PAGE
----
Flux density limited radio source samples are known to contain a large portion of compact sources with high frequency spectral index 0.5 () and angular sizes below 2". The corresponding projected linear sizes are typically 15 kpc 1. Fanti et al. (1990) have shown that the majority of these CSS sources cannot be larger sources foreshortened by projection effects, which means that their radio emission originates on sub-galactic scales.
It is obvious that one should investigate the connection between CSS and larger radio sources. Two scenarios have been proposed that would naturally explain the observed small sizes. First, they could reflect an early stage in the evolution of radio sources. This is the youth scenario (Phillips & Mutel 1982; Carvahlo 1985). The second possibility is that the unusual conditions in the interstellar medium of their host galaxies, such as a higher density and/or the presence of turbulence, inhibit the radio source from growing to larger sizes. This is the frustration scenario (van Breugel et al. 1984).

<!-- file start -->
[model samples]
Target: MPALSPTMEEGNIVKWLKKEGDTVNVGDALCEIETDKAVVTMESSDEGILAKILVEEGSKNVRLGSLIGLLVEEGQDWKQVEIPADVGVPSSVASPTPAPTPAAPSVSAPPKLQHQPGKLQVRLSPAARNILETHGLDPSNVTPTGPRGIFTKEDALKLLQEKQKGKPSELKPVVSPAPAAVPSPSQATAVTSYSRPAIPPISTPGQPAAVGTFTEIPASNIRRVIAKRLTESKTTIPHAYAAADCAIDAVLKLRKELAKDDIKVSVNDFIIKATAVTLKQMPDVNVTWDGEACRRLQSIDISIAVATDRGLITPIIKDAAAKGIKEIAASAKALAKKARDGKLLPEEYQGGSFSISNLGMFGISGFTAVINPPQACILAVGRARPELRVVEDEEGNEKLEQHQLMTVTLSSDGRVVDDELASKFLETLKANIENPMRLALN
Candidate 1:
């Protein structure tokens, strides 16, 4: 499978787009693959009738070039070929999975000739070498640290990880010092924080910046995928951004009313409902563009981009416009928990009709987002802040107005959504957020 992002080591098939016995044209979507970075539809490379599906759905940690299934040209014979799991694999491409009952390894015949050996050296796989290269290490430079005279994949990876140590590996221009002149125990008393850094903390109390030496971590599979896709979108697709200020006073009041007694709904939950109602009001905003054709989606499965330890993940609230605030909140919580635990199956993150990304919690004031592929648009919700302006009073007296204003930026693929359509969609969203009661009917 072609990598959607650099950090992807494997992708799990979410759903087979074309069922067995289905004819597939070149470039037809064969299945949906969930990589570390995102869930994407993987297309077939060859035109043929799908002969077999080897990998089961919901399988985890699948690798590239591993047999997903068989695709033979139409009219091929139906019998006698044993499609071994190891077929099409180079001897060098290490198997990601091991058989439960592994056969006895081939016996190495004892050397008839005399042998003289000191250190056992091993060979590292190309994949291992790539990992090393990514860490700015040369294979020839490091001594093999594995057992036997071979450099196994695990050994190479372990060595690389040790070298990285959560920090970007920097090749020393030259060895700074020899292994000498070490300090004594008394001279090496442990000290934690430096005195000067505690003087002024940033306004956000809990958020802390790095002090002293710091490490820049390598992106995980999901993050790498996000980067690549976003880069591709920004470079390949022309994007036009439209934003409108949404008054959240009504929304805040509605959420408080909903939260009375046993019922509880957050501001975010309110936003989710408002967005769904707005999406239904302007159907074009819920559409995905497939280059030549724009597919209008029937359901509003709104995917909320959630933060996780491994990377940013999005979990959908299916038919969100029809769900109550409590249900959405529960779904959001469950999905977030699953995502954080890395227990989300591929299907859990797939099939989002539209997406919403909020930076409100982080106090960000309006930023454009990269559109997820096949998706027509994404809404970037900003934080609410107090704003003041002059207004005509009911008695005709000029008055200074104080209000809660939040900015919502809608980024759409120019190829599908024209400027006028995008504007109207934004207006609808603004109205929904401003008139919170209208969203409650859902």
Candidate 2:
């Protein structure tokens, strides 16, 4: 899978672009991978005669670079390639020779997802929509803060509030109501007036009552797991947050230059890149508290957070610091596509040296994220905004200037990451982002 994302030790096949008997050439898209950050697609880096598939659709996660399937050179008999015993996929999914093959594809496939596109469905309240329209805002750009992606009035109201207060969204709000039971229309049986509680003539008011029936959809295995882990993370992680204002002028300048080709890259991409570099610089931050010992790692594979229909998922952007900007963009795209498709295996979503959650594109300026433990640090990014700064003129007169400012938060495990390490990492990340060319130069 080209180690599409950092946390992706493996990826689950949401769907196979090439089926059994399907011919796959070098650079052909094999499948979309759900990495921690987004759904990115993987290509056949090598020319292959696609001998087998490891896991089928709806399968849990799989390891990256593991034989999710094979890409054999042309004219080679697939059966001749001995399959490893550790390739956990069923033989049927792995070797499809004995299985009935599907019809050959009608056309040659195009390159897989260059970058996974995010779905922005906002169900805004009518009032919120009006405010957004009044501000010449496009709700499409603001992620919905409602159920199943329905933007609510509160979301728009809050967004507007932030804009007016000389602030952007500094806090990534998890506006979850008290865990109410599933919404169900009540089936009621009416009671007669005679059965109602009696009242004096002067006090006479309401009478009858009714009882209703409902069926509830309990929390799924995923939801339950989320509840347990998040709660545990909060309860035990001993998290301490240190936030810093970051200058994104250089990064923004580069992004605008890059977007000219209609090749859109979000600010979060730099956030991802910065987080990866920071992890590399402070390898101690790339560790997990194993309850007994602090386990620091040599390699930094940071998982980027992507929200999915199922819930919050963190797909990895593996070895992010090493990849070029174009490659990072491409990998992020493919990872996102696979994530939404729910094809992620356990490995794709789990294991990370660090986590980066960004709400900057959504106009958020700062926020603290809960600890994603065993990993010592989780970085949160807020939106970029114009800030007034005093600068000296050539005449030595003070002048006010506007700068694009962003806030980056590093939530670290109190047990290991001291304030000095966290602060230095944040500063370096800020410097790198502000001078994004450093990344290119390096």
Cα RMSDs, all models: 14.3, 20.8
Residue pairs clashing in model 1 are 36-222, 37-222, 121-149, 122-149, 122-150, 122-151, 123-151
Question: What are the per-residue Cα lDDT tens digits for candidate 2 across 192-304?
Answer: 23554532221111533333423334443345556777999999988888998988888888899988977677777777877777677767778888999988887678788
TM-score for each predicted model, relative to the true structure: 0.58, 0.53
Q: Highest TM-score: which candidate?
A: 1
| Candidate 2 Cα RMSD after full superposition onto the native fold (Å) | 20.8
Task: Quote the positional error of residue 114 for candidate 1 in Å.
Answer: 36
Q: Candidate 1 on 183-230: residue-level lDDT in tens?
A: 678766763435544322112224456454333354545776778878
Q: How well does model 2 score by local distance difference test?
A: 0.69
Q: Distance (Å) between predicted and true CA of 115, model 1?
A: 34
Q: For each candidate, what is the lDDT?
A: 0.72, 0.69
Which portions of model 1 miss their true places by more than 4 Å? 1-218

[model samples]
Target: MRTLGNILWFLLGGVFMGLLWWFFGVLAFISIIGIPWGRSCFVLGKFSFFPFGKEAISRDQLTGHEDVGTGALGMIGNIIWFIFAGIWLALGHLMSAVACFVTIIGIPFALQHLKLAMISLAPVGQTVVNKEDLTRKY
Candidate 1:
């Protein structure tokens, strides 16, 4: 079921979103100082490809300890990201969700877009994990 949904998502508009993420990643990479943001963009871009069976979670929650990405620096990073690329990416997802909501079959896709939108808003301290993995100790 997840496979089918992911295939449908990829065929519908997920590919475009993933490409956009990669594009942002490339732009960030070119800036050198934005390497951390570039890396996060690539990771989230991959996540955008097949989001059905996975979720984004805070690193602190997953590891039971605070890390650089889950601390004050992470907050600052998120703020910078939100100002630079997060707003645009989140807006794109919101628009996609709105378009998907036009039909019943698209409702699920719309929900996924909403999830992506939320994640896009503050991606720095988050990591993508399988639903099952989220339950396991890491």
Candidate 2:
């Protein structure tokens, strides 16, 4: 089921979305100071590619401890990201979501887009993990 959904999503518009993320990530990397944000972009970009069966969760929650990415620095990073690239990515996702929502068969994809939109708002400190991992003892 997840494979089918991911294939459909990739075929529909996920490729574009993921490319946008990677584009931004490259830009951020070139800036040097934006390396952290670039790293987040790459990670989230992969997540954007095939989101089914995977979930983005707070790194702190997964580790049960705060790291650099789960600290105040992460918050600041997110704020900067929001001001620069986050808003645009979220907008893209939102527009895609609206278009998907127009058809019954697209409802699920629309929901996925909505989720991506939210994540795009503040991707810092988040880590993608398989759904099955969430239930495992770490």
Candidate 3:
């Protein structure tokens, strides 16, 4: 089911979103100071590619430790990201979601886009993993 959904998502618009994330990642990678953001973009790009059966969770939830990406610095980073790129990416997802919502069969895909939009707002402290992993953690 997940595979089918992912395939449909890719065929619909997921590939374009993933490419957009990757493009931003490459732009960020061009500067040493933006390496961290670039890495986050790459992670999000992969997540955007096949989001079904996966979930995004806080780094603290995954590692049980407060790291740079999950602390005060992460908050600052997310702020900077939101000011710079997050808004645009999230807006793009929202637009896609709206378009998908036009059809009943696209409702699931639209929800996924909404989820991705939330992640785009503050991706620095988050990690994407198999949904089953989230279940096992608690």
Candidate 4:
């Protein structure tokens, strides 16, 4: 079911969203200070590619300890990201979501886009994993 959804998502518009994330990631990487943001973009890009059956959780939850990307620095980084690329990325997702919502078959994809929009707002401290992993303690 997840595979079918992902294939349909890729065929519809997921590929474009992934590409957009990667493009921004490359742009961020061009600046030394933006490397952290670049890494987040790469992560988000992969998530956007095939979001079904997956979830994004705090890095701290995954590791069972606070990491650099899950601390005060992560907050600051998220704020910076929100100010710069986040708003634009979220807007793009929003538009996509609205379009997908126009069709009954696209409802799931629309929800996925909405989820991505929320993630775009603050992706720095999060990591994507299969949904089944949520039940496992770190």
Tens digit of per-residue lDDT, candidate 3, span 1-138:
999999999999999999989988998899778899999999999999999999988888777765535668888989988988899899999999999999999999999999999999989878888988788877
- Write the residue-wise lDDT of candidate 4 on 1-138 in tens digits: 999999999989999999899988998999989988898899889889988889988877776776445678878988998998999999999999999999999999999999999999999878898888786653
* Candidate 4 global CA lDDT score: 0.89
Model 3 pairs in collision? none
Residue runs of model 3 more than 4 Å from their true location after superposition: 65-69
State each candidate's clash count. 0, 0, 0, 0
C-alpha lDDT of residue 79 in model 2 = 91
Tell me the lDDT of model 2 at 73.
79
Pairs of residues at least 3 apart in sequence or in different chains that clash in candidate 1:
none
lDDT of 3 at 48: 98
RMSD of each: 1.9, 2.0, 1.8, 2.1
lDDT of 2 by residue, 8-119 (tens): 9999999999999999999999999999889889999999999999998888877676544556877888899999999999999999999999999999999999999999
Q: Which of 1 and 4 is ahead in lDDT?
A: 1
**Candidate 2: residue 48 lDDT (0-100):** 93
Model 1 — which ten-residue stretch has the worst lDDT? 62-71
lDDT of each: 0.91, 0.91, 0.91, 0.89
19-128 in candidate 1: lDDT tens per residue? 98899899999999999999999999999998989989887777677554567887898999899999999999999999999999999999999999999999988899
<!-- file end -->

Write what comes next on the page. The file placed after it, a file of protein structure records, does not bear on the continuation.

Most CSS sources exhibit double-lobed structures such as seen in classical radio galaxies. This feature is common to both quasars and galaxies. Quite a few of these are symmetric, which gave rise to the terms CSO (compact symmetric objects, with sizes 0.5 kpc) and MSO (medium-size symmetric objects, with sizes 0.5 kpc). These sources are considered as scaled-down versions of larger-sized double radio sources (Fanti et al. 1995). A minority of CSS sources is made up by sources with complex or highly asymmetric structures. These are mostly quasars, with most of their luminosity provided by the jet. The distortions may be caused by jet bending, which is further amplified by strong projection.
A plausible organization scheme for these different morphological classes is to identify CSO and MSO with progenitors of large doubles (`baby radio galaxies'), while the asymmetric CSS sources could represent frustrated radio sources.
© European Southern Observatory (ESO) 1999
Online publication: April 28, 1999